Thursday, June 16, 2005


Britain flags up Trafalgar bicentenary spectacular


Yahoo News
June 14, 2005

This picture courtesy of Bonham's Auction House shows a letter written by Horatio Nelson 05 October, 1805, on the eve of battle at Trafalgar. In the letter, which was to be auctioned 05 July, 2005, Nelson writes to Lord Barham, First Lord of the Admiralty, vowing to 'annihilate' the enemy fleet.
(AFP/Bonhams )

LONDON - Officials unveiled plans for spectacular celebrations of the 200th anniversary of the battle of Trafalgar, where Admiral Horatio Nelson's fleet routed the French and Spanish navies.

A six-day series of commemorations is planned for Portsmouth, home of the British Royal Navy on the south coast of England, starting on June 28 with a huge flotilla of vessels gathering in The Solent before a state-of-the-art recreation of a Nelson-era battle using tallships.

Queen Elizabeth II will review the British fleet for the first time since 1978 and thousands of ships from countries as far afield as Australia and Japan will take part.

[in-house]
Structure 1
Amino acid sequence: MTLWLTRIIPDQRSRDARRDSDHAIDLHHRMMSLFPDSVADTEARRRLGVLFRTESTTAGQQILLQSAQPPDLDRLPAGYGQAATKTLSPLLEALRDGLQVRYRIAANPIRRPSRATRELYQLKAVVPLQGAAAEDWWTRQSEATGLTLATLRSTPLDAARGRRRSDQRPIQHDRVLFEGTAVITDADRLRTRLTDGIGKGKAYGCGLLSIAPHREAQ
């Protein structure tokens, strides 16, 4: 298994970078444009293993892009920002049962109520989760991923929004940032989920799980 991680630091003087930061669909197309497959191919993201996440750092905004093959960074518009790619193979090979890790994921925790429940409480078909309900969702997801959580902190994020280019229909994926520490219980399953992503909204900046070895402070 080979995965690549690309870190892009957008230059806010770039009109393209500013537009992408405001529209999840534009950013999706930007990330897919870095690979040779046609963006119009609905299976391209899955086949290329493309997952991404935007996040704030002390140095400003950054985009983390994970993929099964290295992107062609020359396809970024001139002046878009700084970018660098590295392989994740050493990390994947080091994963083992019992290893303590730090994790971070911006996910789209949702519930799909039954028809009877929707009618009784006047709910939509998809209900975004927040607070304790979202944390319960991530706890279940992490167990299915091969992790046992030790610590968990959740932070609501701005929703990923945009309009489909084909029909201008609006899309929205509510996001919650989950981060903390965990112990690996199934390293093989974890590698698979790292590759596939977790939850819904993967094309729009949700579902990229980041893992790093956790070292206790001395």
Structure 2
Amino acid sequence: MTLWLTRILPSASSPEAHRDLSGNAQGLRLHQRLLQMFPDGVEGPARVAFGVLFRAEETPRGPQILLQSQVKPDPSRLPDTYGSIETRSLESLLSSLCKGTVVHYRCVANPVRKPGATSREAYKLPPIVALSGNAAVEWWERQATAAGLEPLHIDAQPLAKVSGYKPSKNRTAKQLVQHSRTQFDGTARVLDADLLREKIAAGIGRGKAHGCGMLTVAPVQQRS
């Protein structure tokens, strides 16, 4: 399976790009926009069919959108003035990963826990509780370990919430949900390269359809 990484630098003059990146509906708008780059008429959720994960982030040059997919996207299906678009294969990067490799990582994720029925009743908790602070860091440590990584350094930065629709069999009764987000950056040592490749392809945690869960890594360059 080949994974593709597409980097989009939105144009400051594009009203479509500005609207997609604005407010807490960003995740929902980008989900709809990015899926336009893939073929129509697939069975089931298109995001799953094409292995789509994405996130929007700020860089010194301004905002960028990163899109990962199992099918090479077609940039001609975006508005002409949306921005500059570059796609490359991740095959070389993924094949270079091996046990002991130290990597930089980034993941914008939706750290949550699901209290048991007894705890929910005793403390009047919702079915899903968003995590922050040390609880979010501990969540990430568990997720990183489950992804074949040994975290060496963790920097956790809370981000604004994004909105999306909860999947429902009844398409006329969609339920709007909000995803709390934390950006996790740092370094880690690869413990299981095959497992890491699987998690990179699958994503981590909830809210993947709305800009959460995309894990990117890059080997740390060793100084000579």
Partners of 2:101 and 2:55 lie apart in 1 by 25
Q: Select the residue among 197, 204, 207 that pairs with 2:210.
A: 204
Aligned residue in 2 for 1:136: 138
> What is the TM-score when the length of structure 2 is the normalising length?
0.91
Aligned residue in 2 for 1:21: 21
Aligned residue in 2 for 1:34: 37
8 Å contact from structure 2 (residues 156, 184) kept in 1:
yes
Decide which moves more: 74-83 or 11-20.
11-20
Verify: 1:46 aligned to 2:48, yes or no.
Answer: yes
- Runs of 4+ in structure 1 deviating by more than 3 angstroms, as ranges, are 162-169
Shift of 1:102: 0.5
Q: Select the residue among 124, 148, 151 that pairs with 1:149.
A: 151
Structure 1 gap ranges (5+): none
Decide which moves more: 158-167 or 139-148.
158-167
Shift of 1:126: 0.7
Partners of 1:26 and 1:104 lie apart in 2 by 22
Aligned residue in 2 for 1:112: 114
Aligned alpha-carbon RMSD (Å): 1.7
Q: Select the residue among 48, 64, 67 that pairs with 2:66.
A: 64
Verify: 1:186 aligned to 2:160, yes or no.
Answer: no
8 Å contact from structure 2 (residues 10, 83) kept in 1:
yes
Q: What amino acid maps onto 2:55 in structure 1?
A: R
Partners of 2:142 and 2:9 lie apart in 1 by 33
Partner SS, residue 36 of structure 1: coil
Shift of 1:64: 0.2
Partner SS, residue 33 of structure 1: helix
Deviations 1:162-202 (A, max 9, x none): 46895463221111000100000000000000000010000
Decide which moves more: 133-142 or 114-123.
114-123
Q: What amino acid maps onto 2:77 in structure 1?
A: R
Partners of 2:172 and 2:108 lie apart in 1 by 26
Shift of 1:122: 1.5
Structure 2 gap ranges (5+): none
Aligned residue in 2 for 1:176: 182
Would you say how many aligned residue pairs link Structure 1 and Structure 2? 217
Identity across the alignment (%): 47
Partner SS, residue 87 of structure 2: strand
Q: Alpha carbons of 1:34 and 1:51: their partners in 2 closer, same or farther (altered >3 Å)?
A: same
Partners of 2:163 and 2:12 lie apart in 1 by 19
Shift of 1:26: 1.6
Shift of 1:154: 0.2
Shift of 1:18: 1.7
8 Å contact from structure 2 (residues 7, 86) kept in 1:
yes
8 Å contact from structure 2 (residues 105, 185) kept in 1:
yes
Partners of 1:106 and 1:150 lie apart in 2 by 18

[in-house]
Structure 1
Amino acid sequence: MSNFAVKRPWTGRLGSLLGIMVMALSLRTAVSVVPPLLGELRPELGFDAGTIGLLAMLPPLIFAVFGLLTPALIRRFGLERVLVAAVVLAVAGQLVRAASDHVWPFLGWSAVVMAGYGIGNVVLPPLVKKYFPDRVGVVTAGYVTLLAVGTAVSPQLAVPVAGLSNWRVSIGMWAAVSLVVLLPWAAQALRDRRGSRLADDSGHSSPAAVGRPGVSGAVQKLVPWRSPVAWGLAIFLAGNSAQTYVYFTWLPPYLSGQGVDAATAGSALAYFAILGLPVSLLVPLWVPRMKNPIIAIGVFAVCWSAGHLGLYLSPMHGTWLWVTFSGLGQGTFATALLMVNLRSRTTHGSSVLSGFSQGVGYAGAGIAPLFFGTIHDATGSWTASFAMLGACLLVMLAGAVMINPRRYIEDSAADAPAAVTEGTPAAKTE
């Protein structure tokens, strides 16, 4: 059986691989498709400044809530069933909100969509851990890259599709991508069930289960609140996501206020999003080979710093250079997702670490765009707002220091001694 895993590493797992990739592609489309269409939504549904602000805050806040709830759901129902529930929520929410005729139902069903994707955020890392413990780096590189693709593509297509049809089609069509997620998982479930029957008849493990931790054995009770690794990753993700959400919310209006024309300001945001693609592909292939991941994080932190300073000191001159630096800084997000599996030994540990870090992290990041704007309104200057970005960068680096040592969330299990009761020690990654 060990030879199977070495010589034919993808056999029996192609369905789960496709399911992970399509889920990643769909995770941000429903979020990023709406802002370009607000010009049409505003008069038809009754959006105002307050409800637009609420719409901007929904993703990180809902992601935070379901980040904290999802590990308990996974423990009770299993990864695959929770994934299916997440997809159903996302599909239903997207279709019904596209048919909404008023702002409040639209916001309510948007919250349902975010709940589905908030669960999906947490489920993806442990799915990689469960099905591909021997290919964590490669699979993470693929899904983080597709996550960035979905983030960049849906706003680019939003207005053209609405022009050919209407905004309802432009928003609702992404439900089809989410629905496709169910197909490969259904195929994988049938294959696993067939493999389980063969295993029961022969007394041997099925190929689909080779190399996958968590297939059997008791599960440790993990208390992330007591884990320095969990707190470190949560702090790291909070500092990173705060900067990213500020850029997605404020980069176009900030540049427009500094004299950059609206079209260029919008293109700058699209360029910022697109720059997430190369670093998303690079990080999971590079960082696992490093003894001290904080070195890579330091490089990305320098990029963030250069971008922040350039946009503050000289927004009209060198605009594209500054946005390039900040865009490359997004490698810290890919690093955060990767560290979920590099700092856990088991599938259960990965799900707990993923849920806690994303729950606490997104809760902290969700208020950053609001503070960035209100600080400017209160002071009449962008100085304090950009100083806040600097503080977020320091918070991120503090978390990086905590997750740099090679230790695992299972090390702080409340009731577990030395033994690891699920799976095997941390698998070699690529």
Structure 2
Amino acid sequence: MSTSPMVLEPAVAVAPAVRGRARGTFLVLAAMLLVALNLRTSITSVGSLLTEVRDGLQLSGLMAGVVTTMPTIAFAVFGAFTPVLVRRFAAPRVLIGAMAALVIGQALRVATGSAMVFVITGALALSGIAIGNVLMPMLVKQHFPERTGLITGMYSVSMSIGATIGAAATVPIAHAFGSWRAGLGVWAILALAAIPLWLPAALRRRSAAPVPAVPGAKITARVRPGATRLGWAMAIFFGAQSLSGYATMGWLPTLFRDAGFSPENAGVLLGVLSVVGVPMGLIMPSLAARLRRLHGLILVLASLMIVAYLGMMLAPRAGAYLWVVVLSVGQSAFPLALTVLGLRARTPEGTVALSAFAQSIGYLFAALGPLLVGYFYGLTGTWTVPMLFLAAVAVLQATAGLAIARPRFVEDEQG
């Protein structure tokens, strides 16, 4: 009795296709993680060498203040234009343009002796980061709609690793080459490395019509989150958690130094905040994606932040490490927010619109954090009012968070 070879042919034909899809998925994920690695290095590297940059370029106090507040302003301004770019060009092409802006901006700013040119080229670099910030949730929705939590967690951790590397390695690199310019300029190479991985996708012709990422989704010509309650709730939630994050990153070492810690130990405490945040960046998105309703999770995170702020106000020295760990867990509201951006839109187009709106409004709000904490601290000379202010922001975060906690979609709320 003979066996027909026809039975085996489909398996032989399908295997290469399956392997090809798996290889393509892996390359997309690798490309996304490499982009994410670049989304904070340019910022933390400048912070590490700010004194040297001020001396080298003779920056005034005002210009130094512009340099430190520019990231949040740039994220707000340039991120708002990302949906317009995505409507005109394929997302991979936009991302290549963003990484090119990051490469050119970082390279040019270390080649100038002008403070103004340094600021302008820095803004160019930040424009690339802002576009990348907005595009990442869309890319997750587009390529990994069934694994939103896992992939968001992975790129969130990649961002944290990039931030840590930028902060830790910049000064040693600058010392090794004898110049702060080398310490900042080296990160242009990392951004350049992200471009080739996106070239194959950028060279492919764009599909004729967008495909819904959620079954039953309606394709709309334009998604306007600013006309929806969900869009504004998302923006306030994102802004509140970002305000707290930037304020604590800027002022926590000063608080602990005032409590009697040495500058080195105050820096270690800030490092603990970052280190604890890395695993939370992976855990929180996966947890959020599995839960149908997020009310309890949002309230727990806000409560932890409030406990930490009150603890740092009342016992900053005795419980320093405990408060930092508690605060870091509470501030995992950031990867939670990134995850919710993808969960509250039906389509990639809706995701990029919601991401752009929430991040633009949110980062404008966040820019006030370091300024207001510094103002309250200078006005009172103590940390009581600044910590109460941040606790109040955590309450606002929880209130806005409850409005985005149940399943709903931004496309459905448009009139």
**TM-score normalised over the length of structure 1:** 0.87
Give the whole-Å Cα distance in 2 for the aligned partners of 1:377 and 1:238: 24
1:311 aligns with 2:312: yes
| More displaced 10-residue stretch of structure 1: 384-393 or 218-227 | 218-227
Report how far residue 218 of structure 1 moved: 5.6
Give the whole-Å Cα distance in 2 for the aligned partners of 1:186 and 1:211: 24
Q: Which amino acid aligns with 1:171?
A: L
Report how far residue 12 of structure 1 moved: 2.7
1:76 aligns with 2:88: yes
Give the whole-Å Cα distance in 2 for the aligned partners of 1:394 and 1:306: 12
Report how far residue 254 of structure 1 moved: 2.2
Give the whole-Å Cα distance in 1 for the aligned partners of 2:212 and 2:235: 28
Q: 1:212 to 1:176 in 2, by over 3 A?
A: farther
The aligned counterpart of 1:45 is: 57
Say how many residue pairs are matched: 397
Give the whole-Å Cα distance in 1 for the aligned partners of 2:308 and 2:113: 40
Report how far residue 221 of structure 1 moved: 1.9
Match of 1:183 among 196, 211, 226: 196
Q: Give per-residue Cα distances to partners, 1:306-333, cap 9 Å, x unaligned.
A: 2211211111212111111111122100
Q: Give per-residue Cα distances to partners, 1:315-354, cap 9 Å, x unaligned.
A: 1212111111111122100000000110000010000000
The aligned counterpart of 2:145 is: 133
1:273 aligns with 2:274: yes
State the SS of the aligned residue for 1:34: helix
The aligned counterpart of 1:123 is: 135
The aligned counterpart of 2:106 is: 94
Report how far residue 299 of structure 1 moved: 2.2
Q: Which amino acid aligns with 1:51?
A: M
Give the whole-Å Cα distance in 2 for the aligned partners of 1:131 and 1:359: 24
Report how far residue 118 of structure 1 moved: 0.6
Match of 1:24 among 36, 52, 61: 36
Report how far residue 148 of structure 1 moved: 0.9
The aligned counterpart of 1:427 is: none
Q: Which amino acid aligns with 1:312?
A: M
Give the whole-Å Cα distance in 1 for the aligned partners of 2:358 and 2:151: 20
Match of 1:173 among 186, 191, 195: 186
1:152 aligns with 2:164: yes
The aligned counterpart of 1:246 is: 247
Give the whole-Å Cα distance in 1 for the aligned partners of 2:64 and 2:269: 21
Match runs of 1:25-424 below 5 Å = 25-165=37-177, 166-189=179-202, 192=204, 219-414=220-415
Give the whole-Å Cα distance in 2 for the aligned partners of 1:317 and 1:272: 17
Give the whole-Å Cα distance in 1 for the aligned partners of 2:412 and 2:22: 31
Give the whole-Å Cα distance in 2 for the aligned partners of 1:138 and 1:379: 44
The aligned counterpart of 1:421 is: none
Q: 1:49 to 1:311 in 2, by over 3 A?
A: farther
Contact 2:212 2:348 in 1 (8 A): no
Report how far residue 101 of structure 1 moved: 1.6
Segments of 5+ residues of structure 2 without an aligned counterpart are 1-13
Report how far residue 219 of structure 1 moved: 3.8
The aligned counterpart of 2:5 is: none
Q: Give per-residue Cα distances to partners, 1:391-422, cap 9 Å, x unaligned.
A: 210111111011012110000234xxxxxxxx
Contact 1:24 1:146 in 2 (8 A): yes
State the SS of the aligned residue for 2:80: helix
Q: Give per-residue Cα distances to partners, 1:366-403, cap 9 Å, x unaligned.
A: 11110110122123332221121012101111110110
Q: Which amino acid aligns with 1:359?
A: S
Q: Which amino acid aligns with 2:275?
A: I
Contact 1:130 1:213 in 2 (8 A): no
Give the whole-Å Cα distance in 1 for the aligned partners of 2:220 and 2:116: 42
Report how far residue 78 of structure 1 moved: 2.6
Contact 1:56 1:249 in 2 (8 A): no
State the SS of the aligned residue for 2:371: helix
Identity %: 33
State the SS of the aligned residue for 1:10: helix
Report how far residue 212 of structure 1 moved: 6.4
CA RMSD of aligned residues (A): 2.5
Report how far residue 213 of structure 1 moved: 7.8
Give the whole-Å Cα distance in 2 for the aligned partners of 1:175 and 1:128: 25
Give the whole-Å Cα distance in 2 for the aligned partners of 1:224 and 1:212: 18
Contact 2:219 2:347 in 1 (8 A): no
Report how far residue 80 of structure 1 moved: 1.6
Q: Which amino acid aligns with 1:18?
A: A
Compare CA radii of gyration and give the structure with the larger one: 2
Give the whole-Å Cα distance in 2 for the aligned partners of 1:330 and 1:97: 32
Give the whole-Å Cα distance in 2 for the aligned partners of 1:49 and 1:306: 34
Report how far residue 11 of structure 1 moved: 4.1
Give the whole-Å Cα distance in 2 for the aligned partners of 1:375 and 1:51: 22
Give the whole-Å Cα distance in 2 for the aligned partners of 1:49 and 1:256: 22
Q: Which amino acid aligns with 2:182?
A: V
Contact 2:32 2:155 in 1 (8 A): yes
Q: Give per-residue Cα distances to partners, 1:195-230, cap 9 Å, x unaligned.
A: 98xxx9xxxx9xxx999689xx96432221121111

The tallships show, however, billed as "theatre on water" will not be a recreation of Nelson's triumph. Instead, teams dubbed "blue" and "red" will recreate "vignettes" from the scenes of October 21, 1805.

Newspaper reports had said that a re-enactment had been side-stepped to avoid offending the defeated nations.

"There are sensitivities, but it's not stopped the French and Spanish sending their biggest ships, with an escort and a submarine each, which we're delighted about," Captain Steve Bramley, Royal Navy director of marketing and publicity, told AFP.

"We haven't got that that number of ships (to fully recreate Trafalgar). The real battle was well over 70 ships. There's not the sea room and there's no way that we could recreate the conditions," he said.

The battle terminates with a blaze of lights, smoke, cannon and fireworks to represent the great storm that both sides had to contend with after the original fight.

"We're using over twice the amount of weight of pyrotechnics used at the 2004 Athens Olympics. The amount of fireworks, we could never, ever afford to do it more than once. We can't even rehearse it," Bramley said.


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